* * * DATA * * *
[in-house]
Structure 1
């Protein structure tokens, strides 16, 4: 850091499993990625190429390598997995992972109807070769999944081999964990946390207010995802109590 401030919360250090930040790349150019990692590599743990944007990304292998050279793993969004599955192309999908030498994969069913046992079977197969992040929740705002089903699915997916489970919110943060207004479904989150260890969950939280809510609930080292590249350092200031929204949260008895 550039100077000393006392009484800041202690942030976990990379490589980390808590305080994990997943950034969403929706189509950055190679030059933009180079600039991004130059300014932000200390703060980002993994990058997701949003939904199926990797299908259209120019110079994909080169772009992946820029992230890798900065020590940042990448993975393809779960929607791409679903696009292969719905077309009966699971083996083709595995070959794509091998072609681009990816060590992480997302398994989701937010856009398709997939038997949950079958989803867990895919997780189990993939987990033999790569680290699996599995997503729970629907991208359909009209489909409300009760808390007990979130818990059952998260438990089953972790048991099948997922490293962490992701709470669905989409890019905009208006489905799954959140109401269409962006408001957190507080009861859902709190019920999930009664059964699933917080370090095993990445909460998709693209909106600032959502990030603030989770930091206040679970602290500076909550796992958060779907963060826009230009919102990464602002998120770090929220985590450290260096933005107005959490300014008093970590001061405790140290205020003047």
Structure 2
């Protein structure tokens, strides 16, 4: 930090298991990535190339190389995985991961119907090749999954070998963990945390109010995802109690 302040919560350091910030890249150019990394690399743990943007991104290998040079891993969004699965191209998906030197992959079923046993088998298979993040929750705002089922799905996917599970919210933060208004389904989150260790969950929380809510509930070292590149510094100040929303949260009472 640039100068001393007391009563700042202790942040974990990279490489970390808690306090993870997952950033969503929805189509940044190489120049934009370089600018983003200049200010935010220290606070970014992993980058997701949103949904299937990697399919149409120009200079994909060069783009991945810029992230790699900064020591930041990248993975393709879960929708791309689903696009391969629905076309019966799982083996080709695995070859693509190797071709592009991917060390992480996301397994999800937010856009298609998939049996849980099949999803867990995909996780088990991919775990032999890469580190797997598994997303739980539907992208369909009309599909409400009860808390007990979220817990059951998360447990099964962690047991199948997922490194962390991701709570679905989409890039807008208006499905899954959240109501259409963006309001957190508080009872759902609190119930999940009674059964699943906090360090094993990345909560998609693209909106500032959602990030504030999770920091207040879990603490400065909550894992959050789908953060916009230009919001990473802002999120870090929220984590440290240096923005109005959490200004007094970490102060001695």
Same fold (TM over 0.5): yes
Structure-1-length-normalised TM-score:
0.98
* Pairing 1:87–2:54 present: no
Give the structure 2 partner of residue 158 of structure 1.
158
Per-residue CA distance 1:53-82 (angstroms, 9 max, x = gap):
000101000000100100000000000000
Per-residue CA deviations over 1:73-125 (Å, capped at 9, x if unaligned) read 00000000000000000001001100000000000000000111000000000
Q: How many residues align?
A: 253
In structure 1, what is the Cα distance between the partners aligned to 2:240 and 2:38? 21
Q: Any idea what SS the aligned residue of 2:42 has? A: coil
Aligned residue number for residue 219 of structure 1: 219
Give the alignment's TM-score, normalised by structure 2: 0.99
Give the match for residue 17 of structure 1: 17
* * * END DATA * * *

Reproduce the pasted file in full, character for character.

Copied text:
[in-house]
Structure 1
């Protein structure tokens, strides 16, 4: 850091499993990625190429390598997995992972109807070769999944081999964990946390207010995802109590 401030919360250090930040790349150019990692590599743990944007990304292998050279793993969004599955192309999908030498994969069913046992079977197969992040929740705002089903699915997916489970919110943060207004479904989150260890969950939280809510609930080292590249350092200031929204949260008895 550039100077000393006392009484800041202690942030976990990379490589980390808590305080994990997943950034969403929706189509950055190679030059933009180079600039991004130059300014932000200390703060980002993994990058997701949003939904199926990797299908259209120019110079994909080169772009992946820029992230890798900065020590940042990448993975393809779960929607791409679903696009292969719905077309009966699971083996083709595995070959794509091998072609681009990816060590992480997302398994989701937010856009398709997939038997949950079958989803867990895919997780189990993939987990033999790569680290699996599995997503729970629907991208359909009209489909409300009760808390007990979130818990059952998260438990089953972790048991099948997922490293962490992701709470669905989409890019905009208006489905799954959140109401269409962006408001957190507080009861859902709190019920999930009664059964699933917080370090095993990445909460998709693209909106600032959502990030603030989770930091206040679970602290500076909550796992958060779907963060826009230009919102990464602002998120770090929220985590450290260096933005107005959490300014008093970590001061405790140290205020003047």
Structure 2
């Protein structure tokens, strides 16, 4: 930090298991990535190339190389995985991961119907090749999954070998963990945390109010995802109690 302040919560350091910030890249150019990394690399743990943007991104290998040079891993969004699965191209998906030197992959079923046993088998298979993040929750705002089922799905996917599970919210933060208004389904989150260790969950929380809510509930070292590149510094100040929303949260009472 640039100068001393007391009563700042202790942040974990990279490489970390808690306090993870997952950033969503929805189509940044190489120049934009370089600018983003200049200010935010220290606070970014992993980058997701949103949904299937990697399919149409120009200079994909060069783009991945810029992230790699900064020591930041990248993975393709879960929708791309689903696009391969629905076309019966799982083996080709695995070859693509190797071709592009991917060390992480996301397994999800937010856009298609998939049996849980099949999803867990995909996780088990991919775990032999890469580190797997598994997303739980539907992208369909009309599909409400009860808390007990979220817990059951998360447990099964962690047991199948997922490194962390991701709570679905989409890039807008208006499905899954959240109501259409963006309001957190508080009872759902609190119930999940009674059964699943906090360090094993990345909560998609693209909106500032959602990030504030999770920091207040879990603490400065909550894992959050789908953060916009230009919001990473802002999120870090929220984590440290240096923005109005959490200004007094970490102060001695």
Same fold (TM over 0.5): yes
Structure-1-length-normalised TM-score:
0.98
* Pairing 1:87–2:54 present: no
Give the structure 2 partner of residue 158 of structure 1.
158
Per-residue CA distance 1:53-82 (angstroms, 9 max, x = gap):
000101000000100100000000000000
Per-residue CA deviations over 1:73-125 (Å, capped at 9, x if unaligned) read 00000000000000000001001100000000000000000111000000000
Q: How many residues align?
A: 253
In structure 1, what is the Cα distance between the partners aligned to 2:240 and 2:38? 21
Q: Any idea what SS the aligned residue of 2:42 has? A: coil
Aligned residue number for residue 219 of structure 1: 219
Give the alignment's TM-score, normalised by structure 2: 0.99
Give the match for residue 17 of structure 1: 17